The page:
Peach Blueberry Coffee Cake – An Ode to a Peach

Peaches define summer for me.

I know it’s officially summer not by the first jacket free day, or the salty-sweet smell of the air, or the joyful noise of street festivals. Nay my friends, I measure summer in peaches. I find myself searching for them at the grocery store as early as March, muttering to myself that I can’t take one more day of bitter Chicago weather and stuffy office air. I need the sweet, tangy flesh of a peach to set me free, knowing, in vain, that I will not find one. Then one glorious day in late April or May it happens.         Peaches.         The peasants rejoice!

A tiny little section of the four fucking rows of dry leftover winter apples is pushed aside to make way for the first, soft, sweet, sunny orbs of summer. Everything about them says “Winter is over, it’s going to be ok”. Their soft, warm baby fuzz. Their delicate sweet fragrance. They even look like the sun, their colors mimicking the pink, orange, and yellow of the sunrise over Lake Michigan.

Or so I hear, I’ve never been up early enough to see it. I know there are those of you out there that want to push their glasses up their noses and snort me a reminder that you can get canned peaches. Well, you can keep your metallic, slimy, pretend-fruit, thank you. I’ll wait for the real thing.

peach blueberry coffee cake

I tried to bake with peaches as much as possible this summer. This peach blueberry coffee cake by Julia’s Album has become one of my favorites for it’s simplicity and versatility. It is relatively simple to make, and is great as a dessert, breakfast cake, tea cake, whatever you want! The best part is that this recipe can be used as a base for really any kind of breakfast-style cake you want. You can change up the fruit for whatever’s in season: plums, apples, berries, possibly even top it with a crumble if you want to get fancy. So let’s dive into it shall we?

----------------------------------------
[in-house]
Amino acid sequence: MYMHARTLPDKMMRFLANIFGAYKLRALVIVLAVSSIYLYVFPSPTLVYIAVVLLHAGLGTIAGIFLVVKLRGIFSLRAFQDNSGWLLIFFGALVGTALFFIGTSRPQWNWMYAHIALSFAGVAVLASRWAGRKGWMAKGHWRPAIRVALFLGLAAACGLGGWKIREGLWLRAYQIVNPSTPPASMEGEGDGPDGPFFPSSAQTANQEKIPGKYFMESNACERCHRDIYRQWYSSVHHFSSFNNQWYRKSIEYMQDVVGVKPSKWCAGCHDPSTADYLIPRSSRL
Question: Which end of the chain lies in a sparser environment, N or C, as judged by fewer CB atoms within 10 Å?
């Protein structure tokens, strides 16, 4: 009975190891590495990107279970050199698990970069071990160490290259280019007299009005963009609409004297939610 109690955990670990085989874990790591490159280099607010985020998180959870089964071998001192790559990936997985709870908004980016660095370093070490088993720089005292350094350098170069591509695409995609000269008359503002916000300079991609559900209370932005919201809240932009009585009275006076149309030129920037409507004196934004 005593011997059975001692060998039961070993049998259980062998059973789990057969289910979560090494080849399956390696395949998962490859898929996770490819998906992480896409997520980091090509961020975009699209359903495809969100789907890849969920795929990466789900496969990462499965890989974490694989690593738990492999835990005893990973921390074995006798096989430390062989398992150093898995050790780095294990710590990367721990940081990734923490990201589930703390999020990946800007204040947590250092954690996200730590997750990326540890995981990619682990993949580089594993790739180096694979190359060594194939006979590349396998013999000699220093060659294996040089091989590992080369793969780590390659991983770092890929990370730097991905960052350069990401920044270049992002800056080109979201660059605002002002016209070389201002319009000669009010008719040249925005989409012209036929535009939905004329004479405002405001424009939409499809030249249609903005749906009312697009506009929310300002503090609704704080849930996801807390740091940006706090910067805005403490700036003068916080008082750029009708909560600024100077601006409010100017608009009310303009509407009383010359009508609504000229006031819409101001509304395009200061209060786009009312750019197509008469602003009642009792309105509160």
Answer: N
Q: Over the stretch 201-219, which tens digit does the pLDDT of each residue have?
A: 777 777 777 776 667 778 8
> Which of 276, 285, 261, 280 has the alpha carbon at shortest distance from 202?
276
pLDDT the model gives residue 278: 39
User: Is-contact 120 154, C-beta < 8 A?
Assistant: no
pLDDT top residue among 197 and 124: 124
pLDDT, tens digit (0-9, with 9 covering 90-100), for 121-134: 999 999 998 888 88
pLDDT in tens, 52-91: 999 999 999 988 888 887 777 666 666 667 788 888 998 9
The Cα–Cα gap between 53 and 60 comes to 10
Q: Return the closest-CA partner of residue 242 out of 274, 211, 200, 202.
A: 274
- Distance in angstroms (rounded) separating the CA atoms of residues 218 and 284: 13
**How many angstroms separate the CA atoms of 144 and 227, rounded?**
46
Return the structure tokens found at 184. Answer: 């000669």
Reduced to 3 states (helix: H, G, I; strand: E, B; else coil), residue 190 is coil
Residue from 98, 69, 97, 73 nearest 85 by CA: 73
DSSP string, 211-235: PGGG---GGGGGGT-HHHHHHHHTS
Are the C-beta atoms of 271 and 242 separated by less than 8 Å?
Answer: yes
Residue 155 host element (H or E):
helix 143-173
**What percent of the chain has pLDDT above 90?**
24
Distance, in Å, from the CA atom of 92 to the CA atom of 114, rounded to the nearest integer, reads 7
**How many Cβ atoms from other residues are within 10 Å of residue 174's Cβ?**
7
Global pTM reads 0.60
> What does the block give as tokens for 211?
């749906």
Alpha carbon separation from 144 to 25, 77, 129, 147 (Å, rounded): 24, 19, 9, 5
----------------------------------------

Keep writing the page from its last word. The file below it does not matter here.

Cost:

This peach blueberry coffee cake recipe is relatively cheapI came up with a total cost for this recipe as $5.92, using the prices of each item in my local grocery store (Mariano’s Bucktown) in typical quantities and dividing to achieve the cost of the exact measurement used in the recipe (i.e. 17 cups of flour per 5lb bag at $2.50 per bag = $0.15 per cup).

Now, obviously you can’t buy a single teaspoon of baking powder, so if you had to buy each ingredient in the recipe in typical quantities sold it would cost you closer to $30. I am going to go ahead and assume you aren’t throwing out the rest of the baking powder after using that one teaspoon and that the remainder will be used for other things. Since the majority of the ingredients in this recipe are items most people (or at least most bakers) keep stocked in their kitchen such as flour, butter, sugar, etc., I ended up only having to buy peaches, blueberries, and yogurt.

Time:

The total time described of 1 hour and 20 minutes was relatively accurate. It did take me longer than 20 minutes to get it in the oven. Mostly because I took my time neatly slicing and arranging the fruit. If you are also a perfectionist on these things, I recommend giving yourself closer to 30 minutes. It did not take the full hour to bake, however, but my oven runs a little hot. It should be noted that Julia offers different bake times depending on the type of pan you use, which is why you should always read the entire recipe before starting! The only thing I will say is that you must let the cake cool completely before taking it out of the pan, which can take 30-40 minutes beyond the listed prep/bake time.